Lynch & Cook: US Policy on Egypt Needs a Big Shift

U.S. Policy on Egypt Needs a Big Shift - NYTimes.com:

The Obama administration’s response should begin with a clear, public presidential statement specifying what transferring power to a civilian government means. This would not involve micromanaging Egyptian politics in a manner that risks a nationalist backlash in Egypt, but Washington should put the Egyptian military, which receives $1.3 billion annually from the United States, on notice that the officer’s efforts to carve out a post-transition political role for themselves is unacceptable.

In addition, Washington should now throw its weight behind early presidential elections, a demand shared by virtually all Egyptian political forces and recently agreed to under S.C.A.F. pressure. It should also insist on a rapid response to the long-standing demand to end the military trials for civilians and the application of emergency law, which makes those trials and other means of repression possible. It should speak out against recent moves to censor the media and to incite citizens against protesters and foreign journalists. And, crucially, the administration should demand real accountability for those responsible for violence against civilians.

In other words, Obama administration needs to have stronger response to events of Tahrir and be clearer on its policy. I wonder how that's going to be welcomed in the US though on the day Islamists appear to have won a majority in the parliamentary elections. As I see it, these are the elements that go into shaping US policy towards Egypt, and only the first may have the same priorities in mind:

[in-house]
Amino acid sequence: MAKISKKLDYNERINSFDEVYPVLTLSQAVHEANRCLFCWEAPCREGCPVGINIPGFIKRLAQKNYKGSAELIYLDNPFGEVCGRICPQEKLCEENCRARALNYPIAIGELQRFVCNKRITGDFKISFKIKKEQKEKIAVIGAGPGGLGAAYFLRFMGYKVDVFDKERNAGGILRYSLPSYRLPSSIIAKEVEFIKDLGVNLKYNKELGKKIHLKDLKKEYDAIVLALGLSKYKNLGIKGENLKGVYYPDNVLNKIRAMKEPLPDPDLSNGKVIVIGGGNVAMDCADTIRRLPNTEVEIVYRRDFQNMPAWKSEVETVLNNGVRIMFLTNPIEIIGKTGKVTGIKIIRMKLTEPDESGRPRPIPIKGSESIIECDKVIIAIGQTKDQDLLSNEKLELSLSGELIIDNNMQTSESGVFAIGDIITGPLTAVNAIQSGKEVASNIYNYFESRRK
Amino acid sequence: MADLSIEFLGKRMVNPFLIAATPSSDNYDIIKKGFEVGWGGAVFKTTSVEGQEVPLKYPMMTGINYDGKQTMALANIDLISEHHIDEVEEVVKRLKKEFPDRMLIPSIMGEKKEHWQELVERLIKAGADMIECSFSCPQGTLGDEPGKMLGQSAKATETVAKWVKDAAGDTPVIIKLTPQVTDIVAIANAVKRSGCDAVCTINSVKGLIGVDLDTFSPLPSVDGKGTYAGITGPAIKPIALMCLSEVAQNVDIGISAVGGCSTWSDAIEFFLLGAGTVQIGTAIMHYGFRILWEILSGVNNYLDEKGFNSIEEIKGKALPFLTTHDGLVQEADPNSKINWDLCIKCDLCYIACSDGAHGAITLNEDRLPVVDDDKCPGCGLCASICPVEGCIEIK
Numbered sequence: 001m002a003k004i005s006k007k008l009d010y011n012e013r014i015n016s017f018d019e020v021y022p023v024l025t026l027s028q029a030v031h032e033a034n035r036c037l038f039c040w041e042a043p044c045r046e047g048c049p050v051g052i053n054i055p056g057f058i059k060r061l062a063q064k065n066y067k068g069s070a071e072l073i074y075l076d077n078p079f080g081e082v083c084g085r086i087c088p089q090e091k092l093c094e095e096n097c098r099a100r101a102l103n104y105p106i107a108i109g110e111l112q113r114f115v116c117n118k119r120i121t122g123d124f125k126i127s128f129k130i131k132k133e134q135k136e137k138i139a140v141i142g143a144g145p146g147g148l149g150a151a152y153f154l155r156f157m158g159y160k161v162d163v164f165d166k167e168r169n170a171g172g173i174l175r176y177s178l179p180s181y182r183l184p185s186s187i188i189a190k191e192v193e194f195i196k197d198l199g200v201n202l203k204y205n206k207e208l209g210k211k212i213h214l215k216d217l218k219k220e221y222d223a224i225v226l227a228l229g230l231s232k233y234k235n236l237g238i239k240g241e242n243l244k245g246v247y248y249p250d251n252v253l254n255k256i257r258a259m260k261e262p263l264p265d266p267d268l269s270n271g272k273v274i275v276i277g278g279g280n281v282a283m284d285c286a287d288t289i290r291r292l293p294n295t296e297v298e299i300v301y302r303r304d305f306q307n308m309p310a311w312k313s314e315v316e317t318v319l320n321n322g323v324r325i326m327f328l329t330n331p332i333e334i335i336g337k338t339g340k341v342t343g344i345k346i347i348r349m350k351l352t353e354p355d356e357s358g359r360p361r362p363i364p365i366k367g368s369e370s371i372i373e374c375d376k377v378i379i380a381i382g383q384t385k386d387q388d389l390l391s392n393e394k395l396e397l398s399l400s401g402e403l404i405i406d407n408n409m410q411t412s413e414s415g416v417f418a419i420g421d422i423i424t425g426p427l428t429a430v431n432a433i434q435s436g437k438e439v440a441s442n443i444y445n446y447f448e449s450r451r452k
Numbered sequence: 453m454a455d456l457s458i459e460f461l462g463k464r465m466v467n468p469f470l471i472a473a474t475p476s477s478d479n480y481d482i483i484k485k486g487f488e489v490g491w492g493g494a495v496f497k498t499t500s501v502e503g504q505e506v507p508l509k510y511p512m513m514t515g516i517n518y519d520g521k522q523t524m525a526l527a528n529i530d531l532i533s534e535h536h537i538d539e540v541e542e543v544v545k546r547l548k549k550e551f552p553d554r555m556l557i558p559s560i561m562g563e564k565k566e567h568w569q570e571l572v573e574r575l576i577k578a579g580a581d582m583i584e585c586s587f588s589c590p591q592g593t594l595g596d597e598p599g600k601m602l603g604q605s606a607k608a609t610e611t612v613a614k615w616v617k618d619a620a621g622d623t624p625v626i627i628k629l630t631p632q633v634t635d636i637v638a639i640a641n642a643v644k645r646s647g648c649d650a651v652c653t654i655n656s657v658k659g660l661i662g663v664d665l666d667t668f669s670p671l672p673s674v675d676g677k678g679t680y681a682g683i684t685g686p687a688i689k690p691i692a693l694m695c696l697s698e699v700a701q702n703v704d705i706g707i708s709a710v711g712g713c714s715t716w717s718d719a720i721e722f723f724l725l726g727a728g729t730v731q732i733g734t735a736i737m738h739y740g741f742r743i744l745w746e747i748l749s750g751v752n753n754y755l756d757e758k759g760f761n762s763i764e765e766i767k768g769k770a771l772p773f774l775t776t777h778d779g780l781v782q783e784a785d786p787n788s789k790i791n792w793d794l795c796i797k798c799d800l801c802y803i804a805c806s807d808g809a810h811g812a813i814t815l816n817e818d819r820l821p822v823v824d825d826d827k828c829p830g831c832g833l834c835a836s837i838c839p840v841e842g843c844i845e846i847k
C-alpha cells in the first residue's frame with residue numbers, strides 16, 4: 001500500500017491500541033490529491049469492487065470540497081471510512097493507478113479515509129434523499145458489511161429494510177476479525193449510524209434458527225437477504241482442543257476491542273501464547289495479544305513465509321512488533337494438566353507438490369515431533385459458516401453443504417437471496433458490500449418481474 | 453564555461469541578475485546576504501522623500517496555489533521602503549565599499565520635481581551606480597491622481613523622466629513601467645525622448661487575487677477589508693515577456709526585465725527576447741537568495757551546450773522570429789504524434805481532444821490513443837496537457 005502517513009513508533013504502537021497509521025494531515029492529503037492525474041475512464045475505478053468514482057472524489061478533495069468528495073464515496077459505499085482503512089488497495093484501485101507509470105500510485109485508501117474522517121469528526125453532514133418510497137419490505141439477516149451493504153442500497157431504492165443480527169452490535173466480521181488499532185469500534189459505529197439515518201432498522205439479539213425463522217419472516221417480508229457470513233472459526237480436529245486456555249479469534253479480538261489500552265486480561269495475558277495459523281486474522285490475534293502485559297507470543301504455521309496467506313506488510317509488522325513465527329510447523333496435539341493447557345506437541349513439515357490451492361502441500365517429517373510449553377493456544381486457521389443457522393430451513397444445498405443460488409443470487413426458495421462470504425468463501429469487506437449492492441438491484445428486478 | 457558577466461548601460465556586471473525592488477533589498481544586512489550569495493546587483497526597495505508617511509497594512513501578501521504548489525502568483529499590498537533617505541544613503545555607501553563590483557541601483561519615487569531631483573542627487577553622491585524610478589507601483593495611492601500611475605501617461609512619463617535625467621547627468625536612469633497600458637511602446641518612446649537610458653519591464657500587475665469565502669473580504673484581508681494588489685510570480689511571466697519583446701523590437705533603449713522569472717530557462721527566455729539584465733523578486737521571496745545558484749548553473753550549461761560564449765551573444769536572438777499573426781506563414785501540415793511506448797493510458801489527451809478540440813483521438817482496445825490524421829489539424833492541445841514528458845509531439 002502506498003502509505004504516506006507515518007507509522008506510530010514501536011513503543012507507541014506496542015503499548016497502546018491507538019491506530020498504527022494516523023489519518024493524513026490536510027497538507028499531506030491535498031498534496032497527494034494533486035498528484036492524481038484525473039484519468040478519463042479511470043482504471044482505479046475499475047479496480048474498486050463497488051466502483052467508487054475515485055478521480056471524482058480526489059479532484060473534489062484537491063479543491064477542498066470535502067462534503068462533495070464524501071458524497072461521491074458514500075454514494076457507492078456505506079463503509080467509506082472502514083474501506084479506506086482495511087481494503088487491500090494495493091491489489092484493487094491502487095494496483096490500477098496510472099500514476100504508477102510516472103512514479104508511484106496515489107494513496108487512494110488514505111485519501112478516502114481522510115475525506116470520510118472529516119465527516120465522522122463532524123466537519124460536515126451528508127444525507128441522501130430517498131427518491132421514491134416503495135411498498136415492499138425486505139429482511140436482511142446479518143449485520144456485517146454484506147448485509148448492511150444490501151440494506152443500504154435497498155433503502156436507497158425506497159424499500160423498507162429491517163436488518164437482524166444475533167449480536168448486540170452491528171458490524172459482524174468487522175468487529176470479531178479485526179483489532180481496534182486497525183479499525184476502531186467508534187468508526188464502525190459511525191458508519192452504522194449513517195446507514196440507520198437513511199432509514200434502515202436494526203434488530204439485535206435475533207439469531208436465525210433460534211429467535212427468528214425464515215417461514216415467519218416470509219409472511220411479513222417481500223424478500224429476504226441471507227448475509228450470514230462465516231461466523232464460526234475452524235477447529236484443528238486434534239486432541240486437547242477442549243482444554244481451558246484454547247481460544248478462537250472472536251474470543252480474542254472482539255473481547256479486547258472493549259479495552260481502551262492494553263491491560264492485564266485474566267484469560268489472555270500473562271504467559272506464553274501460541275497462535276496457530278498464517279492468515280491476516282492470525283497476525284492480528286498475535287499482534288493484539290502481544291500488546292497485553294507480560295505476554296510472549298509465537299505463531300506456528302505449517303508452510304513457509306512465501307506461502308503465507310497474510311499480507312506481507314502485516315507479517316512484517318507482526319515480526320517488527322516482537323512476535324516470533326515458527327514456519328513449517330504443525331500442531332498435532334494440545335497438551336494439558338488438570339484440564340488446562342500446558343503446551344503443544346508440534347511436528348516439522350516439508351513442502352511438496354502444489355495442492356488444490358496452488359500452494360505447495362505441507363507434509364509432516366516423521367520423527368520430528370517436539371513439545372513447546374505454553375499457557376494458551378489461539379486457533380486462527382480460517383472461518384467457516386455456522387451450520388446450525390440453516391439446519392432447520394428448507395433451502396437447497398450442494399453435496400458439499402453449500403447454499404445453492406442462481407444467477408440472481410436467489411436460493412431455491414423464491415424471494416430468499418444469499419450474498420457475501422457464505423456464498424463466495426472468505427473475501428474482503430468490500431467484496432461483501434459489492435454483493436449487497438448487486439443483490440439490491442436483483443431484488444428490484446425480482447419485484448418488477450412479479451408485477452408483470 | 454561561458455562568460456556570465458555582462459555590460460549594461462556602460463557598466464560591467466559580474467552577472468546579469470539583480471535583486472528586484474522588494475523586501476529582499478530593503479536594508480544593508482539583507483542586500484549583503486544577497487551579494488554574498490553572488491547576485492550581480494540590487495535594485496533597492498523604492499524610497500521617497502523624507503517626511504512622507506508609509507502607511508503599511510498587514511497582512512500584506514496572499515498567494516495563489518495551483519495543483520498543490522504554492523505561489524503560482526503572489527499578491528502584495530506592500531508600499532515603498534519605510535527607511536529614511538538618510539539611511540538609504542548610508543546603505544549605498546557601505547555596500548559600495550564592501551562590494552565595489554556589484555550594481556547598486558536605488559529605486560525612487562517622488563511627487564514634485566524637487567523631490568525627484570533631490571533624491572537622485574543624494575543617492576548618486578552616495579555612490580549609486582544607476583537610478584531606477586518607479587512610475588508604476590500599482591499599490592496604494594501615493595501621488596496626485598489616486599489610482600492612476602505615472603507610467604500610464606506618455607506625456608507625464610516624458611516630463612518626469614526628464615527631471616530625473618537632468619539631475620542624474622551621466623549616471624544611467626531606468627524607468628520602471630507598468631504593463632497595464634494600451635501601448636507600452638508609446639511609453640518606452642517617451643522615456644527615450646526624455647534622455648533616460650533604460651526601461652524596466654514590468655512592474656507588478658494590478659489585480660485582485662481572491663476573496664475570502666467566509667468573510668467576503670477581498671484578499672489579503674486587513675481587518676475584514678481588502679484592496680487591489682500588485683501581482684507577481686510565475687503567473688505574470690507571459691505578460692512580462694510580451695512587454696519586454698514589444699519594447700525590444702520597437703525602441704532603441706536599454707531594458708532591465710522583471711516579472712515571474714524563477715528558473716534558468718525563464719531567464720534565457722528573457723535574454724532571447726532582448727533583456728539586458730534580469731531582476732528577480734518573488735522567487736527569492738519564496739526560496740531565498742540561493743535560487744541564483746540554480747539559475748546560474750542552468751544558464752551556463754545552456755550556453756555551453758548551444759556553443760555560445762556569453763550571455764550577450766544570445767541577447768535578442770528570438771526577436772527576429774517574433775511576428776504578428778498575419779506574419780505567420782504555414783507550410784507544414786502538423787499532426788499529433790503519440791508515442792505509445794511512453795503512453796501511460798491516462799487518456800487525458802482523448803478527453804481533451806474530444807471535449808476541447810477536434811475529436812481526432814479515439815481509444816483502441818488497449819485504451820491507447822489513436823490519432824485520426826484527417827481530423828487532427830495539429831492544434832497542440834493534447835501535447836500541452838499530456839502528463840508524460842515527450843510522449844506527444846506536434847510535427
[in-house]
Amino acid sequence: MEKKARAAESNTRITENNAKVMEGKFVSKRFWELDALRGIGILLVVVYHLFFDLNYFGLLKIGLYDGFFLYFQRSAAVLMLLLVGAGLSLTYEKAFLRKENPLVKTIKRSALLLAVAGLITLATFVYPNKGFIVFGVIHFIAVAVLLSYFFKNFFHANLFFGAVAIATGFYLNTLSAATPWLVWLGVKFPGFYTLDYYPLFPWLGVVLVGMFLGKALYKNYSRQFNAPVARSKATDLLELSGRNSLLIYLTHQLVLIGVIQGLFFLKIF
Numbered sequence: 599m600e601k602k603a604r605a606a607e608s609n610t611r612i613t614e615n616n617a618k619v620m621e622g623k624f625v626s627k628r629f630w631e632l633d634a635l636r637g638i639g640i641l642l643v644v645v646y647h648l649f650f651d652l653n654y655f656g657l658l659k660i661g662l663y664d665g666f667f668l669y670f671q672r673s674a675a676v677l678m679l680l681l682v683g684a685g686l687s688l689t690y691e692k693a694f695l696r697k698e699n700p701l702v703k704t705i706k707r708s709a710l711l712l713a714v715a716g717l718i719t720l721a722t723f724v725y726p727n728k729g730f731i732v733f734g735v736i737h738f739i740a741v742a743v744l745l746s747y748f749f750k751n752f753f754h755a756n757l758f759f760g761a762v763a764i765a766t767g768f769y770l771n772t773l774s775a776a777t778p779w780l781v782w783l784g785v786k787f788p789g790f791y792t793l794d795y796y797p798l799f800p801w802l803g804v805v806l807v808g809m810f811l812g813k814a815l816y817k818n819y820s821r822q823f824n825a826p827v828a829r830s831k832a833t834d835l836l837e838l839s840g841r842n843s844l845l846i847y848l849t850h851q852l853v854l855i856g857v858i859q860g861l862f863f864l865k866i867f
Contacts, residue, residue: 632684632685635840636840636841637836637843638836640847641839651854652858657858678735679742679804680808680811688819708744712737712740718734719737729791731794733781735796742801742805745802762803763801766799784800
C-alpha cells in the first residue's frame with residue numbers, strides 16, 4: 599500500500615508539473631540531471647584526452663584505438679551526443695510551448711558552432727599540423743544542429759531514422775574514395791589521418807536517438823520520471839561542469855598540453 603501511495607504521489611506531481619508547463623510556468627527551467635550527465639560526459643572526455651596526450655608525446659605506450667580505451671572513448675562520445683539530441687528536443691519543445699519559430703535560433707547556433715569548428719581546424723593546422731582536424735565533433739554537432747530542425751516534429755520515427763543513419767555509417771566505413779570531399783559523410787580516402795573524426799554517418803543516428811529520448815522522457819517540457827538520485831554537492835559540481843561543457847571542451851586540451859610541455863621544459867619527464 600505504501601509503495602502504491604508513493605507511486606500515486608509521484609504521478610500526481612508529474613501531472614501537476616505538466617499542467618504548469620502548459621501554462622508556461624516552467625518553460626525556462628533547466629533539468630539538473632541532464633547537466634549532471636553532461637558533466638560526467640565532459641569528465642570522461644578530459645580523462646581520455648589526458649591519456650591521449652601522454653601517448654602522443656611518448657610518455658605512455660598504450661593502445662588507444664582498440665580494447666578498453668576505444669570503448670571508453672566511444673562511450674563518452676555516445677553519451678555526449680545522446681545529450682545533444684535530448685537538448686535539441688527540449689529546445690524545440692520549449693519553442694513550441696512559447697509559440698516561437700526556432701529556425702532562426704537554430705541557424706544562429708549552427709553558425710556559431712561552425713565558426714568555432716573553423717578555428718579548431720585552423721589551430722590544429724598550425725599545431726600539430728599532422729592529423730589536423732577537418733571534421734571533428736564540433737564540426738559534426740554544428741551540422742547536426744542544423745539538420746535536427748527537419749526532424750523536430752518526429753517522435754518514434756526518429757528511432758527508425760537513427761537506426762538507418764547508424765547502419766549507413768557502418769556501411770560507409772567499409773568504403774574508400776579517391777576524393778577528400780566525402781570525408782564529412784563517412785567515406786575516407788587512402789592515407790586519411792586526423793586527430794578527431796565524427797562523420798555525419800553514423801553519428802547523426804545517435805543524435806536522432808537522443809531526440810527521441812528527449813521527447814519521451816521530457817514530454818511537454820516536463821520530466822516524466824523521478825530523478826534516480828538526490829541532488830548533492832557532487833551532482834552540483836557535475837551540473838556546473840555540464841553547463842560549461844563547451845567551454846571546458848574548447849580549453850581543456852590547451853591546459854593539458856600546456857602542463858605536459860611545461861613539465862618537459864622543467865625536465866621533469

1. Obama himself, the White House and the NSC who think about the president's vision and legacy, as well as the way these play in American domestic politics;
  2. The State Department, which is probably mostly focused on bilateral mechanics and regional diplomacy;
  3. The Pentagon and Central Command in particular, who care about maintaining the strategic status-quo;
  4. Congress, which will be motivated by the Israel lobby, the defense lobby, the Christian lobby, and a few members longstanding interest in Egypt.

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Issandr El Amrani

Issandr El Amrani is a Cairo-based writer and consultant. His reporting and commentary on the Middle East and North Africa has appeared in The Economist, London Review of Books, Financial Times, The National, The Guardian, Time and other publications. He also publishes one of the longest-running blog in the region, www.arabist.net.